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I have independent variables $ X_1, X_2,\ldots,X_n $ with normal distribution on range $ [0,1] $ . Next, variables $ Z_i $ are created according to this formula $ Z_i = - \frac{1}{\lambda} \ln(1-X_i) $ , where $ \lambda > 0 $. How to find probability density function of $ W = \max (Z_1 , \ldots , Z_n ) $ ?

After comments : So, I have a formula $ f_Z(z) = | \frac{d}{dz} (1-e^{-\lambda z}) | f_X(1-e^{-\lambda z}) $ , but $ f_X (x) = 1 $ , so $ f_Z(z) = 1 + \lambda e^{-\lambda z} $ And it represents all $ Z_i $

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    $\begingroup$ Do you mean uniform distribution? The normal distribution isn't bounded. $\endgroup$ May 26, 2014 at 14:31
  • $\begingroup$ my mistake, it should be unbounded $\endgroup$ May 26, 2014 at 14:50
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    $\begingroup$ @user3676690 : You're being quite unclear. You say "normal distribution on range $[0,1]$ and then in comments that that's a mistake and it should be unbounded. That leaves the question of which normal distribution it is. Then you have $\ln(1-X_i)$, which does not exist if $X_i>1$, which makes it look as if restricting it to $[0,1]$ makes sense, but then of course it's not normally distributed. Could you edit the post to make it clear what you meant? $\endgroup$ May 26, 2014 at 15:44
  • $\begingroup$ Later you say $f_X(x)=1$, so apparently you did mean the uniform distribution, so your comment that it should be unbounded makes no sense. $\endgroup$ May 26, 2014 at 15:47

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For every maximum $W$ of random variables, one has, for every $w$, $$ [W\lt w]=\bigcap_{i=1}^n[Z_i\lt w]. $$ If $(Z_i)_{1\leqslant i\leqslant n}$ is i.i.d. and distributed as $Z$, then, for every $w$, $$ P(W\lt w)=\prod_{i=1}^nP(Z_i\lt w)=P(Z\lt w)^n. $$ In your case, considering $X$ distributed as $X_1$, $$ [Z\lt w]=[\ln(1-X)\gt-\lambda w]=[X\lt1-\mathrm e^{-\lambda w}], $$ hence, for every $w\gt0$, $$ F_W(w)=F_Z(w)^n=F_X(1-\mathrm e^{-\lambda w})^n. $$ If every $X_i$ is uniform on $[0,1]$ then $F_X(x)=x$ for every $x$ in $(0,1)$ hence, for every $w\gt0$, $$ F_W(w)=(1-\mathrm e^{-\lambda w})^n. $$ Then the PDF $f_W$ is obtained by differentiation, that is, $$ f_W(w)=n\lambda\mathrm e^{-\lambda w}(1-\mathrm e^{-\lambda w})^{n-1}\mathbf 1_{w\gt0}. $$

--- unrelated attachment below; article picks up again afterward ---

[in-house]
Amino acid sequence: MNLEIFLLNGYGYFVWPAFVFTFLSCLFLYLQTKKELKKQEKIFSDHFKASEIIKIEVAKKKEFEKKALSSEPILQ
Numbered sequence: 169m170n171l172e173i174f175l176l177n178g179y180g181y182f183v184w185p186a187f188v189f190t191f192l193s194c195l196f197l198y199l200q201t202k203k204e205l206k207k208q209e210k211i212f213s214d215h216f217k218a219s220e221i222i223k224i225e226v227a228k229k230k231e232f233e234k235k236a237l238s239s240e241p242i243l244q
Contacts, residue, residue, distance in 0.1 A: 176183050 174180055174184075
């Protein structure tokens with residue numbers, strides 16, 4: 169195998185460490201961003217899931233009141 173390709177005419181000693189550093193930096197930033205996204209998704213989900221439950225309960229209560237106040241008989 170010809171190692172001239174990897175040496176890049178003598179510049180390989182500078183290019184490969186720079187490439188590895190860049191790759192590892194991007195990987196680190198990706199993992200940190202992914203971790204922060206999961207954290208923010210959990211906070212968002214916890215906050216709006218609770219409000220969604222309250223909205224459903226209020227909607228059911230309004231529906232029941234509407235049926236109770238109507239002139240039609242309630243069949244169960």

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  • $\begingroup$ why $ P(\forall i,Z_i\lt w)=P(Z_1\lt w)^n. $$ $ $\endgroup$ May 26, 2014 at 15:28
  • $\begingroup$ Thank you, I have to go, but I'll check it and answer in 2-3 hours $\endgroup$ May 26, 2014 at 15:31
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If $Z = \varphi(X)$, then $X = \varphi^{-1}(Z) = 1-e^{- \lambda Z}$ and $\frac{dX}{dz} = 1 +\lambda e^{- \lambda z}$. Now use the definition of the function of random variables.

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  • $\begingroup$ I don't understand why you calculate $ X $ . How it help to find pdf of $ Z $ $\endgroup$ May 26, 2014 at 14:53
  • $\begingroup$ en.wikipedia.org/wiki/… $\endgroup$
    – Alex
    May 26, 2014 at 14:54
  • $\begingroup$ I updated my question. Now I have pdf of each $ Z_i $, but each is given by the same formula, so how to get maximum ? $\endgroup$ May 26, 2014 at 15:06
  • $\begingroup$ what maximum are you talking about? you wanted pdf of a function of rv $\endgroup$
    – Alex
    May 26, 2014 at 15:13
  • $\begingroup$ sorry, I didn't write all in my question. I updated it again $\endgroup$ May 26, 2014 at 15:16
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It appears that you meant the uniform distribution on $[0,1]$. If $0<X<1$ then $Z=-\ln(1-X)>0$. Then we have $$ \Pr(Z\le z) = \Pr(-\ln(1-X)\le z) = \Pr(X\le 1-e^{-z}) = 1-e^{-z}. $$ So $$ \Pr(\max\{Z_1,\ldots,Z_n\} \le z ) = \Pr(Z_1\le z\ \&\ \cdots\ \&\ Z_n\le z) $$ $$ = (\Pr(Z_1\le z))^n = (1-e^{-z})^n. $$ Differentiate to get the density function.

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